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Top 10 Reasons Why Windows 2000 Pro is Better than Windows 98

I spent a full week in mid-November locked in the mire of Windows 98 because we were going to use USB-based MP3 audio recorders at Comdex Fall 99 and Windows 2000 didn't support the devices we had acquired. So I installed Windows 98 SE on my trusty laptop and loaded up all the apps I use regularly. The weekend before the show, however, we decided to can that idea and just take notes like the old days, but by that time I was ready to rip Windows 98 off my system for good anyway: After using Windows 2000 Professional for more six straight months now, I've come to love the little improvements it brings to the Windows user interface. So after a week with Windows 98, I came up with this list of things I missed most from Windows 2000. This stuff if purely user interface related, from a user's standpoint; I don't discuss esoteric topics such as the NT kernel or whatever. But when it comes to actually using Windows, this where Windows 2000 Professional really kicks butt.

So, in the grand tradition of David Letterman, here is the top 10 reasons that Windows 2000 is better than Windows 98:

10. Global folder options
This is the sort of "set it and forget it" stuff I love. I don't want Web view, ever. In Windows 98, this is a hassle, because I have to turn it off one folder at a time, even after I tell it that I don't want it. But Windows 2000 has a global Folder Options setting: You turn off Web view and it stays off. I think I sprouted one new gray hair every time I opened a folder in Windows 98 and saw Web view because of this stupidity.

9. Keyboard shortcuts in applets
Even the little things, programs such as Notepad, are much nicer in Windows 2000. Like most Windows users, I use Notepad daily for a variety of tasks and the version in Windows 2000 actually lets you use keyboard shortcuts such as CTRL+S ("save") that are unavailable in Windows 98 for some stupid reason. I'd be hitting CTRL+S, wondering why the system was honking at me. Right, I forgot: Because it's inferior.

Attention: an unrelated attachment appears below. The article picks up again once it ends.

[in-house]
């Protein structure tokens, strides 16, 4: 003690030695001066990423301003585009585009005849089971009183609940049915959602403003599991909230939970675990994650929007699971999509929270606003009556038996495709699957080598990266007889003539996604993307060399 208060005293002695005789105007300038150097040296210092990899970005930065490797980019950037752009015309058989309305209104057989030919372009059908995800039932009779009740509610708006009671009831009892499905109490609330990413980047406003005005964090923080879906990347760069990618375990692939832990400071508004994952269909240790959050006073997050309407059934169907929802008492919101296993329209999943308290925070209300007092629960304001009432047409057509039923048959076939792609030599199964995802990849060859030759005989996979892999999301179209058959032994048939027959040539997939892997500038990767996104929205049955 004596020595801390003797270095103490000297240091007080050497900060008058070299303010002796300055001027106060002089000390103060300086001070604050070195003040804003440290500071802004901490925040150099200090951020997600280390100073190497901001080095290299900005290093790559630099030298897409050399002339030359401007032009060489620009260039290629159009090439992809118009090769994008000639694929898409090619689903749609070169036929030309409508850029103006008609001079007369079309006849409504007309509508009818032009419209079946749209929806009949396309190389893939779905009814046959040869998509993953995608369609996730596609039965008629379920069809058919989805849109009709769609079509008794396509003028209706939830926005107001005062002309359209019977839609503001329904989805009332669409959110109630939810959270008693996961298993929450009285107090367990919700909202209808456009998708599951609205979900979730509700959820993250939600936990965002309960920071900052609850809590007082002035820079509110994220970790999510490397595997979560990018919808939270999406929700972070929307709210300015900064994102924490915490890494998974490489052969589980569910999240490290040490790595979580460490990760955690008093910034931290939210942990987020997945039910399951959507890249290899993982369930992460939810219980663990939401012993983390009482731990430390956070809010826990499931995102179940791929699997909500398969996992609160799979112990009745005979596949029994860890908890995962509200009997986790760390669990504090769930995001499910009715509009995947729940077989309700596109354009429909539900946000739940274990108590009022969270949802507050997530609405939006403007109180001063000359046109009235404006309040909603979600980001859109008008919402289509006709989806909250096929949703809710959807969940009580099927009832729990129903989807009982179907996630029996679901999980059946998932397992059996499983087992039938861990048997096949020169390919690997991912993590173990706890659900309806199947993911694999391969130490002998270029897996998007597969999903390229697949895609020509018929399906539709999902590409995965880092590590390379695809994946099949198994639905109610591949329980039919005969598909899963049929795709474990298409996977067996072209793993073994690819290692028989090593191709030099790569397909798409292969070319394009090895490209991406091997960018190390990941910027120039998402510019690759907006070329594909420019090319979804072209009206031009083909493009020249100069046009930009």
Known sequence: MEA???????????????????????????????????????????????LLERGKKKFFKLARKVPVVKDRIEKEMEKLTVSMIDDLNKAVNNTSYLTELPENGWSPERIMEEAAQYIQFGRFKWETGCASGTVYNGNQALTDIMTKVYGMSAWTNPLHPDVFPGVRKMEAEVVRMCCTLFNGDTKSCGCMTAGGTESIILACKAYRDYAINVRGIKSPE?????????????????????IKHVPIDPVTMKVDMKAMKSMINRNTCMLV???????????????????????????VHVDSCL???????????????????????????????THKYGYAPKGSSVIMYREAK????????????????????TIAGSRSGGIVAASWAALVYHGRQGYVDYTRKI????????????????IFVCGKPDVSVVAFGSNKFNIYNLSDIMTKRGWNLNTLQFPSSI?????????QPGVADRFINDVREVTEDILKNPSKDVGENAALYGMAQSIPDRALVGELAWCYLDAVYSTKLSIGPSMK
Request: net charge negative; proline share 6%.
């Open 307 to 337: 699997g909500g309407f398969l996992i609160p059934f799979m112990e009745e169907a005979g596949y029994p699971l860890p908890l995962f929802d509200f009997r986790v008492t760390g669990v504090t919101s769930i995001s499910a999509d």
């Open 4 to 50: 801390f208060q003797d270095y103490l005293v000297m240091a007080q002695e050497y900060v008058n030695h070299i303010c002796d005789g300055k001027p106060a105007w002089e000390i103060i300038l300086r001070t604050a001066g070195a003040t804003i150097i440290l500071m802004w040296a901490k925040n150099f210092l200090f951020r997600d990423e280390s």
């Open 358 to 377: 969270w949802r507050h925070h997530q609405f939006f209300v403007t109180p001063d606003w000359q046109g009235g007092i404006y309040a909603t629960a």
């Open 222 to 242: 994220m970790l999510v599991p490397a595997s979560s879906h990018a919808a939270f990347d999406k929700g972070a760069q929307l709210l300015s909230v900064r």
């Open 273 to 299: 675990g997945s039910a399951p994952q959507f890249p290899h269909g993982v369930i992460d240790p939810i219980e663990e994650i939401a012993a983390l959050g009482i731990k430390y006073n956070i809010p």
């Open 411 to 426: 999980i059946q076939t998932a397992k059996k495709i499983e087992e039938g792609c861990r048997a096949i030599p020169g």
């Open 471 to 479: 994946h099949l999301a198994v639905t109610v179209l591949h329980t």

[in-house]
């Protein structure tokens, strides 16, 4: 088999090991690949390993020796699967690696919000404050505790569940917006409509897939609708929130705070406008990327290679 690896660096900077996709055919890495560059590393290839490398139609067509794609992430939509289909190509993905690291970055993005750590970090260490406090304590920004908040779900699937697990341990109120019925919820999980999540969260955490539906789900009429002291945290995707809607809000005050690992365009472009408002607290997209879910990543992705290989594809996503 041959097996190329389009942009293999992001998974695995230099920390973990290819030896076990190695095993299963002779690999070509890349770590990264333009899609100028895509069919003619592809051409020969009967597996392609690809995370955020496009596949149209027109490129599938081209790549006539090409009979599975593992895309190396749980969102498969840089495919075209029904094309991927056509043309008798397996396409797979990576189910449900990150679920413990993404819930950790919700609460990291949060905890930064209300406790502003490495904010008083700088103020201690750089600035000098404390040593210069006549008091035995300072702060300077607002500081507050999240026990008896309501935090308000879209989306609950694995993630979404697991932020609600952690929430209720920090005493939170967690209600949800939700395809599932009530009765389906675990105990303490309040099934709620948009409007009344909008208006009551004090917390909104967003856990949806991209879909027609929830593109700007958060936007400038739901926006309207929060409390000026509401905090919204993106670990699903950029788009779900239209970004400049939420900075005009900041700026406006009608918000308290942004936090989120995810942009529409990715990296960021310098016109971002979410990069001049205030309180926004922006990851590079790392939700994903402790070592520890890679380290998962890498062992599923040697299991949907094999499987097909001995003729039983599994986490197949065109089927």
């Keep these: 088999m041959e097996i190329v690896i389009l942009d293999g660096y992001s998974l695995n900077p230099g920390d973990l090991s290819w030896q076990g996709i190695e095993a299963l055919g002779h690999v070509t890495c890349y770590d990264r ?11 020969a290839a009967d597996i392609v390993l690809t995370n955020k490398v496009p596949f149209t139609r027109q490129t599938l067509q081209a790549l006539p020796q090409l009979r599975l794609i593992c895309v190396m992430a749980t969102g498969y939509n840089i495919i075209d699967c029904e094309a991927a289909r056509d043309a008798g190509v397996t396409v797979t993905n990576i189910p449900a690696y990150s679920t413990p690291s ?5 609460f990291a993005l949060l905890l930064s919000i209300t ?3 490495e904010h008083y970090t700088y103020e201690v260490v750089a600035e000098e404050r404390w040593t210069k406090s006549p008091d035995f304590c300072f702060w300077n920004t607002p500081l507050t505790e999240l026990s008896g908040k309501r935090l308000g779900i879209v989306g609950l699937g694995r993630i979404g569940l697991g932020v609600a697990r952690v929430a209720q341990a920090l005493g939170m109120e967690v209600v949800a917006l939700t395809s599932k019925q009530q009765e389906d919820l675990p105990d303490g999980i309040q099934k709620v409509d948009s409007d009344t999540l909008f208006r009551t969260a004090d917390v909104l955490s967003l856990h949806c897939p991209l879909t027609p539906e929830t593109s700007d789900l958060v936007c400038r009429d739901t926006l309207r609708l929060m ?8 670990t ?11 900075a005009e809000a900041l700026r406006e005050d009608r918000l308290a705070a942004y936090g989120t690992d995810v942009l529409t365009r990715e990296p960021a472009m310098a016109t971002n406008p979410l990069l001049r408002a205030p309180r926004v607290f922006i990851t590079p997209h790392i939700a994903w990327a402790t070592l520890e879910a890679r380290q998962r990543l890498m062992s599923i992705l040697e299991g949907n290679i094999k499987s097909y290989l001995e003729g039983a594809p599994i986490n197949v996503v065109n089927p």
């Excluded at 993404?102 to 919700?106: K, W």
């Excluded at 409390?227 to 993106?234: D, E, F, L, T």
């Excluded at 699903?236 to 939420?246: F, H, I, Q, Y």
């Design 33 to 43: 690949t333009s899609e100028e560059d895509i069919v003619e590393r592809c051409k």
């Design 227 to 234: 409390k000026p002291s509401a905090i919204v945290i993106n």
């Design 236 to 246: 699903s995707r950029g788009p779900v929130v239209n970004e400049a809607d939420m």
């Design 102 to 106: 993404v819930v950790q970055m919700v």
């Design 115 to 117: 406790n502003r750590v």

8. CTRL + ALT + DEL that actually works
Let's face reality here: Applications crash. Take Internet Explorer, please. Or Visual Studio 6.0 (yes, especially with SP3). I'll be browsing around the Web with multiple Web pages open and --BANG!-- the system hangs. In Windows 2000, this is no problem: Just hit CTRL+ALT+DEL and a window full of options appears. Instantly. In Windows 98, you never know what you're going to get. Sometimes nothing. Sometimes a list of tasks to stop, that doesn't usually work anyway. Sometimes your system just reboots. It stinks. 

7. Task Manager
Speaking of which, the availability of an actual Task Manager in Windows 2000, like NT 4.0 before it, is a huge win over Windows 98. Let's take our previous scenario, where an application has hung the system: Hit CTRL+ALT+DEL, select Task Manager and choose End Task. It ends the task! And it does it immediately, no muss, no fuss. How's that for living up to its description?  Meanwhile, over in Windows 98, I'll be rebooting the system at least half of the time.  I love the Task Manager.

6. My Documents
Even My Documents is nicer in Windows 2000. Despite the fact that the document-centric user interface has fallen flat on its face, Microsoft moves forward in Windows 2000 by making My Documents, not My Computer, the top of the shell namespace. The distinction is subtle, yet important: When you open an Explorer window, your documents are what's open, not a view of the file system. For new users especially, this makes much more sense. For someone like me (that is, a "writer"), I need this kind of quick access to my documents. I just wish that the rest of the world would see the light.

5. Personalized Start Menu
I didn't think I was going to like it at first (Indeed, in my August 1998 assessment of Windows NT 5.0 Beta 2, I hesitatingly tried the feature, sure I was going to eventually turn it off), but the Personalized Start Menu actually works. In fact, I strongly recommend that all Windows users give this feature a chance before coldly turning the feature off: The Start Menu can easily grow into a confused mess and this feature nicely organizes it into a shorter list of the programs you actually do use. It's great. However, applying this technology to the Favorites menu in Internet Explorer was a huge mistake: Favorites are documents, not programs, and the system should never hide documents. If you saved a Favorite in your Favorites menu, it should show up. Hell, you specifically put it there. In this case, the system does not know best.